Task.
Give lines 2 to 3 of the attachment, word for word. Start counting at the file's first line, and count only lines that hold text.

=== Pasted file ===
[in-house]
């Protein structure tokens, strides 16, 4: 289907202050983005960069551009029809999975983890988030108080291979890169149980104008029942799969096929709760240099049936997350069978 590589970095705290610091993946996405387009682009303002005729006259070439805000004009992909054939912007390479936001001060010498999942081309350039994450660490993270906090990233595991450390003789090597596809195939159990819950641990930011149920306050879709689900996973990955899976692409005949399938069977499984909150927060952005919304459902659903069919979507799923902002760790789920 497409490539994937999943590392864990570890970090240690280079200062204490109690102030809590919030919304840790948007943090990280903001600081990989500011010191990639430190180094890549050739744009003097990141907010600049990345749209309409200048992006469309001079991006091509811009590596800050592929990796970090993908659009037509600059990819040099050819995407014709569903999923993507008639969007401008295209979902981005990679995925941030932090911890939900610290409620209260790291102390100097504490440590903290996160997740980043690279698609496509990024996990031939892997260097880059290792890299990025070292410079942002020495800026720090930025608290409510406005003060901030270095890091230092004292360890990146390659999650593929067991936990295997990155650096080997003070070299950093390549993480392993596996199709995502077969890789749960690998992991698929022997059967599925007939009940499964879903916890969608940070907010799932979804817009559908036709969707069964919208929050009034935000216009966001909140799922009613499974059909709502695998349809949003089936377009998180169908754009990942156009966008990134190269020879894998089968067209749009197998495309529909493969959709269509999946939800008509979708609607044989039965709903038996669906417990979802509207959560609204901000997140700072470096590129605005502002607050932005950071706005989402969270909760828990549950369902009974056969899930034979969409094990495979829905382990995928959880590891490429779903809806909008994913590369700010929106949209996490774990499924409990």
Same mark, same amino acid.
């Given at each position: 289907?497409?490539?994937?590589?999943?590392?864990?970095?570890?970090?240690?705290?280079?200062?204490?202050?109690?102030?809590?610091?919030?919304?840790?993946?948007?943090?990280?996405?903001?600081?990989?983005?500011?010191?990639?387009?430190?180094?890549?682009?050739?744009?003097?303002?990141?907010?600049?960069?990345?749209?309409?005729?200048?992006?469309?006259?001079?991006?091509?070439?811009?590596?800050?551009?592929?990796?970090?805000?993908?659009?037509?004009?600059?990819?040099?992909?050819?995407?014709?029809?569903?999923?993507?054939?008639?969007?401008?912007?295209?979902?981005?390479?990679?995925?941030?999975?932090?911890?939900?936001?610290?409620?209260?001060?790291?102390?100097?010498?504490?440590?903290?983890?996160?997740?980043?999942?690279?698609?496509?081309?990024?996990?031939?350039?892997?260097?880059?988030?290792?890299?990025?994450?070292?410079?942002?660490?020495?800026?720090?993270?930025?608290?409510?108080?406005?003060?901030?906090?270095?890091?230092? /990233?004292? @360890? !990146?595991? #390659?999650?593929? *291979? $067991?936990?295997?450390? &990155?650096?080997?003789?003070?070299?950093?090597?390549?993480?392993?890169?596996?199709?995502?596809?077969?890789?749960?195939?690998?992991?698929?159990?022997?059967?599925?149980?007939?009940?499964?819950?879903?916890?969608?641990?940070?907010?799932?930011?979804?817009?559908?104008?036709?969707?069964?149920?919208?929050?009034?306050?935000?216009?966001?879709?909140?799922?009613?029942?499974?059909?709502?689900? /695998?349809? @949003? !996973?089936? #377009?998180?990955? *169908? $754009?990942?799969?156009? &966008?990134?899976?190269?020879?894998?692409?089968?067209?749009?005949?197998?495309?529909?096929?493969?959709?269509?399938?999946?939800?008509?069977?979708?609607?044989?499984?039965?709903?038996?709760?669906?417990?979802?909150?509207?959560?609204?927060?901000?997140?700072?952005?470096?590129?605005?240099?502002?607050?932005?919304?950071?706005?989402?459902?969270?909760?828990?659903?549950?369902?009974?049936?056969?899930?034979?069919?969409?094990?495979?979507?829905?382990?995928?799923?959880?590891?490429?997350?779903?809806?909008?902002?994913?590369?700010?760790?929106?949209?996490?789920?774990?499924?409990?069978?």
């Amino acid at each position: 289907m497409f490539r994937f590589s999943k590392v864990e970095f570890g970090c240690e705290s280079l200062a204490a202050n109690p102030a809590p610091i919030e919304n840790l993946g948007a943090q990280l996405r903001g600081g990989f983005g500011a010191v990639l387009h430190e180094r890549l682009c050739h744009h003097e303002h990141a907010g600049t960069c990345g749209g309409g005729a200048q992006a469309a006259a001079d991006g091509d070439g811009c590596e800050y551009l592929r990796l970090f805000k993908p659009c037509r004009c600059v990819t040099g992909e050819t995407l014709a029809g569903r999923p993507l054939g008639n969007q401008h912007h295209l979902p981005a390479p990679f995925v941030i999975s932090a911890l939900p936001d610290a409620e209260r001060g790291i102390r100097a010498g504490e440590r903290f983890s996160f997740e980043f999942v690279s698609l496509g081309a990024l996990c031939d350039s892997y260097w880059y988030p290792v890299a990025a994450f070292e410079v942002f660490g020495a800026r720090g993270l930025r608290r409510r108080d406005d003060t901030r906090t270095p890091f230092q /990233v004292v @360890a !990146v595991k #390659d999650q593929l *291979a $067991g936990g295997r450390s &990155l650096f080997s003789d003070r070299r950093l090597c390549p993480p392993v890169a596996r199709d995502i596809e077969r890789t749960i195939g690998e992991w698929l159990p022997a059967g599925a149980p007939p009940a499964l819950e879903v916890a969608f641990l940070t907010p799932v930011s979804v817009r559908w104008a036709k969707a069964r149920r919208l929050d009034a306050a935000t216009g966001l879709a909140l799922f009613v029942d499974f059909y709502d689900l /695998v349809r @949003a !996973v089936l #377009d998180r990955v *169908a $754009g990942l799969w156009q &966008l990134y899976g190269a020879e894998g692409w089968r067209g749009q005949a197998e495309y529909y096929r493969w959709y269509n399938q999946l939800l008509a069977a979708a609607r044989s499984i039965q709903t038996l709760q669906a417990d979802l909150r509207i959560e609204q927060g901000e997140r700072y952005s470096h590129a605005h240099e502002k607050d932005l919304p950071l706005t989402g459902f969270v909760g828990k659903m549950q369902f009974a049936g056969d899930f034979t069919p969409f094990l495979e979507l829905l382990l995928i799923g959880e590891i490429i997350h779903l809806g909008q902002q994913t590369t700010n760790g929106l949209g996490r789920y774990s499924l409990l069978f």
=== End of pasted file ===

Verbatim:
């Protein structure tokens, strides 16, 4: 289907202050983005960069551009029809999975983890988030108080291979890169149980104008029942799969096929709760240099049936997350069978 590589970095705290610091993946996405387009682009303002005729006259070439805000004009992909054939912007390479936001001060010498999942081309350039994450660490993270906090990233595991450390003789090597596809195939159990819950641990930011149920306050879709689900996973990955899976692409005949399938069977499984909150927060952005919304459902659903069919979507799923902002760790789920 497409490539994937999943590392864990570890970090240690280079200062204490109690102030809590919030919304840790948007943090990280903001600081990989500011010191990639430190180094890549050739744009003097990141907010600049990345749209309409200048992006469309001079991006091509811009590596800050592929990796970090993908659009037509600059990819040099050819995407014709569903999923993507008639969007401008295209979902981005990679995925941030932090911890939900610290409620209260790291102390100097504490440590903290996160997740980043690279698609496509990024996990031939892997260097880059290792890299990025070292410079942002020495800026720090930025608290409510406005003060901030270095890091230092004292360890990146390659999650593929067991936990295997990155650096080997003070070299950093390549993480392993596996199709995502077969890789749960690998992991698929022997059967599925007939009940499964879903916890969608940070907010799932979804817009559908036709969707069964919208929050009034935000216009966001909140799922009613499974059909709502695998349809949003089936377009998180169908754009990942156009966008990134190269020879894998089968067209749009197998495309529909493969959709269509999946939800008509979708609607044989039965709903038996669906417990979802509207959560609204901000997140700072470096590129605005502002607050932005950071706005989402969270909760828990549950369902009974056969899930034979969409094990495979829905382990995928959880590891490429779903809806909008994913590369700010929106949209996490774990499924409990």
Same mark, same amino acid.